Kinematic mounts typically use a “cone, groove and flat” arrangement: A steel ball rests within a cone at the corner of two flat plates that are connected with springs. The ball acts as a pivot point and prevents sideways motion. A spherically tipped actuator pushes into a groove providing θX (tip) adjustment, while a second spherically tipped actuator pushes against a flat to deliver θY (tilt) movement. However, these motions are not truly orthogonal and also do not occur around the front surface of the component. Thus, adjusting a mirror always produces some translation of a beam, in addition to angular movement.
Kinematic mounts are a well-established, reliable technology and are available over a wide spread of price/performance characteristics. They can be designed to offer a large adjustment range, and the springs can be load-rated so they are optimized for the weight of a specific optic.
Because a kinematic mount is composed of several small pieces, tolerances can combine so that the resulting assembly has mechanical “play,” meaning that unwanted motions can occur during adjustment. Play also degrades the long-term stability of the mount, especially when exposed to vibration. Corner bearings can even fall out when the adjustment screws are overdriven. Furthermore, the minimal mechanical contact between the individual plates doesn’t provide a good way for heat to flow through the part, degrading thermal stability.
Early flexure mount designs use pairs of plates connected by stiff leaf springs (flexures). To achieve two-axis motion, three plates are used with the flexures at right angles to each other. Leaf springs typically limit the adjustment to a smaller angular range than that of kinematic mounts. As with kinematic mounts, the center of rotation in a flexure mount is not at the front surface of the optic, and the motions are not truly orthogonal.
The stiffer springs used in these early flexure mounts, together with slightly greater thermal contact between the individual plates, generally make them more stable than kinematic mounts in the presence of vibration, mechanical shock and thermal variations. They also render flexure mounts mechanically compact and nearly impossible to overdrive.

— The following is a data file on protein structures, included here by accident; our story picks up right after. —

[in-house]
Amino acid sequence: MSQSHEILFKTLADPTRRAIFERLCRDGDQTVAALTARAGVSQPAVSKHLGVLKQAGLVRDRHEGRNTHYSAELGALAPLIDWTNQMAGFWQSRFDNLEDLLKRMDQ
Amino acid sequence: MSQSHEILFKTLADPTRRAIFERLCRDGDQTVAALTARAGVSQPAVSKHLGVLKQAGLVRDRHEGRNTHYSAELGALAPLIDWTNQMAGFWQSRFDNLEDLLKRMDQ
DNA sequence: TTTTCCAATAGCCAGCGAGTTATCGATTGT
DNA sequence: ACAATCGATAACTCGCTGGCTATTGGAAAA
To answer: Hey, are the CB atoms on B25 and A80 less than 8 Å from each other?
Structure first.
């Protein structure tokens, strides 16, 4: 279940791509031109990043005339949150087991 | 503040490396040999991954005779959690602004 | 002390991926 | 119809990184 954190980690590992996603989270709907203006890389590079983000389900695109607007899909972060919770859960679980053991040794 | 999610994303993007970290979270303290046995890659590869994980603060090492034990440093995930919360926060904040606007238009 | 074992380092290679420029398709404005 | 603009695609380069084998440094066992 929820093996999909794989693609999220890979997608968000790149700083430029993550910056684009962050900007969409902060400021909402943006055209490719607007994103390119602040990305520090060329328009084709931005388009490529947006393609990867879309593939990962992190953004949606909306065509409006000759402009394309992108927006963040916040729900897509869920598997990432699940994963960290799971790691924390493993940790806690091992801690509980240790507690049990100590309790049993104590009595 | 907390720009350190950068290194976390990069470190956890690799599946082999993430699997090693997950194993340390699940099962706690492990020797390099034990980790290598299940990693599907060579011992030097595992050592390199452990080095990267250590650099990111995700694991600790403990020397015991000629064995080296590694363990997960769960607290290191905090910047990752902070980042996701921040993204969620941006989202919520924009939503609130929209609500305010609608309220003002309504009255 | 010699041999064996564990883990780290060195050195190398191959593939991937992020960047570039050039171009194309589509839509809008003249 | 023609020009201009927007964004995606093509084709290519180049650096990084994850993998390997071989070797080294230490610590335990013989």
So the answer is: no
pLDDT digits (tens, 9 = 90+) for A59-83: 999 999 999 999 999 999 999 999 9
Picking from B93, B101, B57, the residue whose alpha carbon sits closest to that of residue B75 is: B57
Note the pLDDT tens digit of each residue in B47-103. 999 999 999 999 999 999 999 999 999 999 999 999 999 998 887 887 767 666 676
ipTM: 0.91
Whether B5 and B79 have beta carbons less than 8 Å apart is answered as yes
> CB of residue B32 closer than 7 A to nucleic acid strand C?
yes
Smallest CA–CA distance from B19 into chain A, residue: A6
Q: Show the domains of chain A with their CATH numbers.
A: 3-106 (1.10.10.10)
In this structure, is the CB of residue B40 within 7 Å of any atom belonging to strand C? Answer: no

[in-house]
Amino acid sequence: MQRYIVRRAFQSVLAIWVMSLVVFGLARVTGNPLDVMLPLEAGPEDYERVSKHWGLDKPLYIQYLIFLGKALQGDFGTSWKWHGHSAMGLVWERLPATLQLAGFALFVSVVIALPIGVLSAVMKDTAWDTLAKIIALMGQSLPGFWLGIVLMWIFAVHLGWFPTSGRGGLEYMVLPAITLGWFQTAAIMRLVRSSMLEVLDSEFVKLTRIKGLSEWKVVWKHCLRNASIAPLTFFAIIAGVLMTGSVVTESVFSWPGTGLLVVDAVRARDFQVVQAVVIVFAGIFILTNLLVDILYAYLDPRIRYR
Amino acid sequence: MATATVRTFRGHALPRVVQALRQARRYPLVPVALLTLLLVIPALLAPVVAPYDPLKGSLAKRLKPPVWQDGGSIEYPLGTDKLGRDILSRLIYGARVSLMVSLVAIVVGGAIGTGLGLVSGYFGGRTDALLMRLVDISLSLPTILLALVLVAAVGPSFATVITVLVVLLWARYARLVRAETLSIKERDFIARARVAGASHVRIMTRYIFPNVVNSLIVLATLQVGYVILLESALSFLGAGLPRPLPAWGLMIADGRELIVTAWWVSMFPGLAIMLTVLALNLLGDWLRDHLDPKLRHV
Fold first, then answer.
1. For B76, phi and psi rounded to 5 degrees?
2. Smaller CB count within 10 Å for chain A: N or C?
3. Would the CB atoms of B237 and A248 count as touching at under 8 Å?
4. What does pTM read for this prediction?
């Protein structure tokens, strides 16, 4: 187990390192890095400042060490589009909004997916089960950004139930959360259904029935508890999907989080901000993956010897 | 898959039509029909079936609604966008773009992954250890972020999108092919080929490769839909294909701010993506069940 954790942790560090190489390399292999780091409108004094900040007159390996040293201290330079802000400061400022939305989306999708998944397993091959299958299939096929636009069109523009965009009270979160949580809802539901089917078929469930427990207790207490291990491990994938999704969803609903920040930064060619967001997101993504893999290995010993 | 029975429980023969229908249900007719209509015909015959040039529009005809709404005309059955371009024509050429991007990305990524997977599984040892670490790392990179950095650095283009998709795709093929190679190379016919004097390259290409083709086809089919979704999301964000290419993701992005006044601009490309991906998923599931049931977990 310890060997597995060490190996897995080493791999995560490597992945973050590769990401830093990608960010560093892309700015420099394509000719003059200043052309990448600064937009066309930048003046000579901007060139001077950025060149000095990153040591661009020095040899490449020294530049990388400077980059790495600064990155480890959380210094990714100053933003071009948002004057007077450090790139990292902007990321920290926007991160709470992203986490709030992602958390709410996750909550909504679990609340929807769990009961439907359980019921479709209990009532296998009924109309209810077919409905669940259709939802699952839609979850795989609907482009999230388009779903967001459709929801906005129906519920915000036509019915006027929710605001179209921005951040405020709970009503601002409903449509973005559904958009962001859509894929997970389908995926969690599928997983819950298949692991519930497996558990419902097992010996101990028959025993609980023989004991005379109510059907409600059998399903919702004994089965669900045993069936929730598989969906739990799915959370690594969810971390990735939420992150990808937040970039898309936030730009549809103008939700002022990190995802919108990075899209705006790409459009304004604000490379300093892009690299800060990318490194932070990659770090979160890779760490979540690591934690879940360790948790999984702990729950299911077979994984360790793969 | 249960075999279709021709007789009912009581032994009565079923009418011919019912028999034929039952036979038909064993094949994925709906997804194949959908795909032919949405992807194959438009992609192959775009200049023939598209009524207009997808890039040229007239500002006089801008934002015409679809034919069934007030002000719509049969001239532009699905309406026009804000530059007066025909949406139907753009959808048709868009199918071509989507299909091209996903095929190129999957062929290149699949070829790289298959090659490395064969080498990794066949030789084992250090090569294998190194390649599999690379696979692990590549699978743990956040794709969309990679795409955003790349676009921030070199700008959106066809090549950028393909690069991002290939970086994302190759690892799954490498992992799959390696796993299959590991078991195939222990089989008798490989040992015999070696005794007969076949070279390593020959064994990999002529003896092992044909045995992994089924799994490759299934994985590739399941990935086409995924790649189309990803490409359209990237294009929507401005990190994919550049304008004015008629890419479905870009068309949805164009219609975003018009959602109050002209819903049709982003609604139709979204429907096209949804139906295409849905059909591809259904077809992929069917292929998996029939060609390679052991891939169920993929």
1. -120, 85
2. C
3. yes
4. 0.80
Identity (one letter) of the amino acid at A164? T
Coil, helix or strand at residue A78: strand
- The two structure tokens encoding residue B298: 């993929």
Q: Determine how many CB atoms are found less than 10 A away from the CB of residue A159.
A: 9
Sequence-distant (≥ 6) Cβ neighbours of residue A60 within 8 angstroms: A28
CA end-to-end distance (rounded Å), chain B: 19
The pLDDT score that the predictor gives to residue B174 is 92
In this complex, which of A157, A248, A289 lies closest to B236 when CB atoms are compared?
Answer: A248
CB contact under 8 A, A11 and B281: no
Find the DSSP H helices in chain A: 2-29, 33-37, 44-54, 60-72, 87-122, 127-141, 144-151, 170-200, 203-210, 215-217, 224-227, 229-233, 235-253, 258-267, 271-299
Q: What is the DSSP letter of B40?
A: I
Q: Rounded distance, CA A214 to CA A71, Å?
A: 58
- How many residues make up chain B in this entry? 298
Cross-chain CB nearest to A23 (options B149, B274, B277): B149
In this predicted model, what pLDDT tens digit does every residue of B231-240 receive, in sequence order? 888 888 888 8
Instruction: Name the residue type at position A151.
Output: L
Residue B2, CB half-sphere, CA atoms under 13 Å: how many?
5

To enable easier access, adjustment screws are often located on the top, rather than the back, of the mount assembly in space-constrained laser-based instruments. Both kinematic and flexure mounts can be configured for top adjustment. However, this increases mount complexity. In kinematic mounts, which already contain numerous parts, this raises the potential for backlash and makes the mount less thermally and mechanically stable. In contrast, this configuration doesn’t significantly degrade the performance of flexure mounts because of their inherent simplicity and stiffness.
The main distinguishing feature of a gimbal mount is functional, rather than constructional. Specifically, gimbal mounts place the center of rotation at the front surface of the optic. This means that rotational adjustments do not result in any unwanted beam translation, which could cause a change in beam path length. Furthermore, gimbal mounts are the only ones to offer truly orthogonal motion. Gimbal mount designs generally bear most of their weight on a bearing, rather than suspending the optic on a spring, resulting in a high load-bearing capacity. For all these reasons, they are usually the first choice for mounting very large components. Gimbal mounts can also be designed to provide full 360° orientation in both axes.
The primary negative of gimbal mounts is their higher mechanical complexity. This makes them generally more costly than either flexure or kinematic mounts. It also leads to the same problems with thermal and mechanical stability as experienced with kinematic mounts. The relative merits of each mount type are summarized in Table 1.
Next-gen OEM mounts
Clearly, flexure mounts offer a favorable combination of performance, size and cost characteristics, making them a common choice for OEM systems builders. However, there are some specific design and construction techniques that can substantially improve their performance advantages.
An important recent innovation in flexure-mount technology is the development of next-generation products with monolithic construction. Traditional two-axis flexure mounts consist of three separate plates attached to two individual leaf springs using screws or spot welding. By contrast, the monolithic mount is machined entirely from a single piece of metal – both plates and springs are integral to flexure-mount geometry. This construction confers two important advantages.